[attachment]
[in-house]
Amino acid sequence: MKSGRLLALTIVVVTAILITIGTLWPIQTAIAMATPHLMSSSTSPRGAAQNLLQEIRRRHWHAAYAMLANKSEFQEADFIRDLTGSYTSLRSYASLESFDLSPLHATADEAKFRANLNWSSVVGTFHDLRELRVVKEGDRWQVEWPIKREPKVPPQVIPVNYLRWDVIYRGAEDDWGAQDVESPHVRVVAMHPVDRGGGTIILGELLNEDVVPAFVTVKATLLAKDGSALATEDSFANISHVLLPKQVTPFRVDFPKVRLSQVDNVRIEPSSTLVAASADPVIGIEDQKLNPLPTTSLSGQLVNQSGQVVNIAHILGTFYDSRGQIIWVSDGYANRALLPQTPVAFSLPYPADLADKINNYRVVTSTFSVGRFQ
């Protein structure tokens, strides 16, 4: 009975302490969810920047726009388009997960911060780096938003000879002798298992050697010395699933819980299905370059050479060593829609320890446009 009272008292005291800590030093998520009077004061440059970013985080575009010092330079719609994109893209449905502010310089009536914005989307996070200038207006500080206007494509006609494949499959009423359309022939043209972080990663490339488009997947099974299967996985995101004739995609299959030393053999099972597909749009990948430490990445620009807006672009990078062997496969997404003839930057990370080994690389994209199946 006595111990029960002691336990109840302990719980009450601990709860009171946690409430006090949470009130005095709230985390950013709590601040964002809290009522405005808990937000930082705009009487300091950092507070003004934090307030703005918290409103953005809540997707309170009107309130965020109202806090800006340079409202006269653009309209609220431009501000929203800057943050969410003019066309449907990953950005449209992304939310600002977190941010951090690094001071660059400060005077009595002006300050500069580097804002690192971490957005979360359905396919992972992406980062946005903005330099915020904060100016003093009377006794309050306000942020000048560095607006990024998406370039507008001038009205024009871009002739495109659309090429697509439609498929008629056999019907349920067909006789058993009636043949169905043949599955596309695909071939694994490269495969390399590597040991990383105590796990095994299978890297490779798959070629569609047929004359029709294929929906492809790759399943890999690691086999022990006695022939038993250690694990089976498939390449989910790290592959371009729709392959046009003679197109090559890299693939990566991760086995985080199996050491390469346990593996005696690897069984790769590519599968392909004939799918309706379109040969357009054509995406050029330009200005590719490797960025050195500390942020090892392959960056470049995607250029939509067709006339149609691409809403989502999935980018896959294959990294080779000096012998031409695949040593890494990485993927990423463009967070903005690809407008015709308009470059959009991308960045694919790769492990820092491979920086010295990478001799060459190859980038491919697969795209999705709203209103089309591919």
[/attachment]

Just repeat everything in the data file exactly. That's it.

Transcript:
[in-house]
Amino acid sequence: MKSGRLLALTIVVVTAILITIGTLWPIQTAIAMATPHLMSSSTSPRGAAQNLLQEIRRRHWHAAYAMLANKSEFQEADFIRDLTGSYTSLRSYASLESFDLSPLHATADEAKFRANLNWSSVVGTFHDLRELRVVKEGDRWQVEWPIKREPKVPPQVIPVNYLRWDVIYRGAEDDWGAQDVESPHVRVVAMHPVDRGGGTIILGELLNEDVVPAFVTVKATLLAKDGSALATEDSFANISHVLLPKQVTPFRVDFPKVRLSQVDNVRIEPSSTLVAASADPVIGIEDQKLNPLPTTSLSGQLVNQSGQVVNIAHILGTFYDSRGQIIWVSDGYANRALLPQTPVAFSLPYPADLADKINNYRVVTSTFSVGRFQ
């Protein structure tokens, strides 16, 4: 009975302490969810920047726009388009997960911060780096938003000879002798298992050697010395699933819980299905370059050479060593829609320890446009 009272008292005291800590030093998520009077004061440059970013985080575009010092330079719609994109893209449905502010310089009536914005989307996070200038207006500080206007494509006609494949499959009423359309022939043209972080990663490339488009997947099974299967996985995101004739995609299959030393053999099972597909749009990948430490990445620009807006672009990078062997496969997404003839930057990370080994690389994209199946 006595111990029960002691336990109840302990719980009450601990709860009171946690409430006090949470009130005095709230985390950013709590601040964002809290009522405005808990937000930082705009009487300091950092507070003004934090307030703005918290409103953005809540997707309170009107309130965020109202806090800006340079409202006269653009309209609220431009501000929203800057943050969410003019066309449907990953950005449209992304939310600002977190941010951090690094001071660059400060005077009595002006300050500069580097804002690192971490957005979360359905396919992972992406980062946005903005330099915020904060100016003093009377006794309050306000942020000048560095607006990024998406370039507008001038009205024009871009002739495109659309090429697509439609498929008629056999019907349920067909006789058993009636043949169905043949599955596309695909071939694994490269495969390399590597040991990383105590796990095994299978890297490779798959070629569609047929004359029709294929929906492809790759399943890999690691086999022990006695022939038993250690694990089976498939390449989910790290592959371009729709392959046009003679197109090559890299693939990566991760086995985080199996050491390469346990593996005696690897069984790769590519599968392909004939799918309706379109040969357009054509995406050029330009200005590719490797960025050195500390942020090892392959960056470049995607250029939509067709006339149609691409809403989502999935980018896959294959990294080779000096012998031409695949040593890494990485993927990423463009967070903005690809407008015709308009470059959009991308960045694919790769492990820092491979920086010295990478001799060459190859980038491919697969795209999705709203209103089309591919």